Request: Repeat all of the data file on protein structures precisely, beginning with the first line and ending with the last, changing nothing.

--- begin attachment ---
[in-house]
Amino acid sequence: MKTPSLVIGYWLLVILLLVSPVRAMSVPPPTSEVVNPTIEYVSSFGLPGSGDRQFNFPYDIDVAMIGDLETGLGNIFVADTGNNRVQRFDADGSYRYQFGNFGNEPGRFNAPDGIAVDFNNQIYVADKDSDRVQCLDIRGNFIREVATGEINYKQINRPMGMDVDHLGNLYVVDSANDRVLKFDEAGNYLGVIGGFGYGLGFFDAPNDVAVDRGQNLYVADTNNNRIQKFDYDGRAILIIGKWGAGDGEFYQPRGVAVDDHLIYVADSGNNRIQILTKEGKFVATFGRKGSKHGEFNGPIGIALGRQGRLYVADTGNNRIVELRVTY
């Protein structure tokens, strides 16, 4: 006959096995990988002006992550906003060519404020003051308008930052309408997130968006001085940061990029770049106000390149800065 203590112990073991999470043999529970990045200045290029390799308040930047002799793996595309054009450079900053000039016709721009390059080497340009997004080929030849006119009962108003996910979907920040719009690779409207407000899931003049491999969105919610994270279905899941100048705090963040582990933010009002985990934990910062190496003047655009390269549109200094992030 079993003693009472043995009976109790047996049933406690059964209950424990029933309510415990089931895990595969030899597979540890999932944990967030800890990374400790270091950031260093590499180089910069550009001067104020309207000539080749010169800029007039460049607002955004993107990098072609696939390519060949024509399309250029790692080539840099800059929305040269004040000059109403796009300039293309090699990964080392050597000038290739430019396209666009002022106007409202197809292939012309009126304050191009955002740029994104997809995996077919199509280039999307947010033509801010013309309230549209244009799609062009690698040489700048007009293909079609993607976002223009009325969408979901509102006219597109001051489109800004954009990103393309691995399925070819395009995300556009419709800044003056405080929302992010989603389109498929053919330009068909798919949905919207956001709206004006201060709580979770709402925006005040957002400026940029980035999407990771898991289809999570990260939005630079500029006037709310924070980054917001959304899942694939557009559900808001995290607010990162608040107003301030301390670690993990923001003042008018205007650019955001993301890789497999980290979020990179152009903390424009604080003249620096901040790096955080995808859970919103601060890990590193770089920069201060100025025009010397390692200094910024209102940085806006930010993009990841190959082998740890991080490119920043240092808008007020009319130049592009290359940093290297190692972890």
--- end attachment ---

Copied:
[in-house]
Amino acid sequence: MKTPSLVIGYWLLVILLLVSPVRAMSVPPPTSEVVNPTIEYVSSFGLPGSGDRQFNFPYDIDVAMIGDLETGLGNIFVADTGNNRVQRFDADGSYRYQFGNFGNEPGRFNAPDGIAVDFNNQIYVADKDSDRVQCLDIRGNFIREVATGEINYKQINRPMGMDVDHLGNLYVVDSANDRVLKFDEAGNYLGVIGGFGYGLGFFDAPNDVAVDRGQNLYVADTNNNRIQKFDYDGRAILIIGKWGAGDGEFYQPRGVAVDDHLIYVADSGNNRIQILTKEGKFVATFGRKGSKHGEFNGPIGIALGRQGRLYVADTGNNRIVELRVTY
């Protein structure tokens, strides 16, 4: 006959096995990988002006992550906003060519404020003051308008930052309408997130968006001085940061990029770049106000390149800065 203590112990073991999470043999529970990045200045290029390799308040930047002799793996595309054009450079900053000039016709721009390059080497340009997004080929030849006119009962108003996910979907920040719009690779409207407000899931003049491999969105919610994270279905899941100048705090963040582990933010009002985990934990910062190496003047655009390269549109200094992030 079993003693009472043995009976109790047996049933406690059964209950424990029933309510415990089931895990595969030899597979540890999932944990967030800890990374400790270091950031260093590499180089910069550009001067104020309207000539080749010169800029007039460049607002955004993107990098072609696939390519060949024509399309250029790692080539840099800059929305040269004040000059109403796009300039293309090699990964080392050597000038290739430019396209666009002022106007409202197809292939012309009126304050191009955002740029994104997809995996077919199509280039999307947010033509801010013309309230549209244009799609062009690698040489700048007009293909079609993607976002223009009325969408979901509102006219597109001051489109800004954009990103393309691995399925070819395009995300556009419709800044003056405080929302992010989603389109498929053919330009068909798919949905919207956001709206004006201060709580979770709402925006005040957002400026940029980035999407990771898991289809999570990260939005630079500029006037709310924070980054917001959304899942694939557009559900808001995290607010990162608040107003301030301390670690993990923001003042008018205007650019955001993301890789497999980290979020990179152009903390424009604080003249620096901040790096955080995808859970919103601060890990590193770089920069201060100025025009010397390692200094910024209102940085806006930010993009990841190959082998740890991080490119920043240092808008007020009319130049592009290359940093290297190692972890």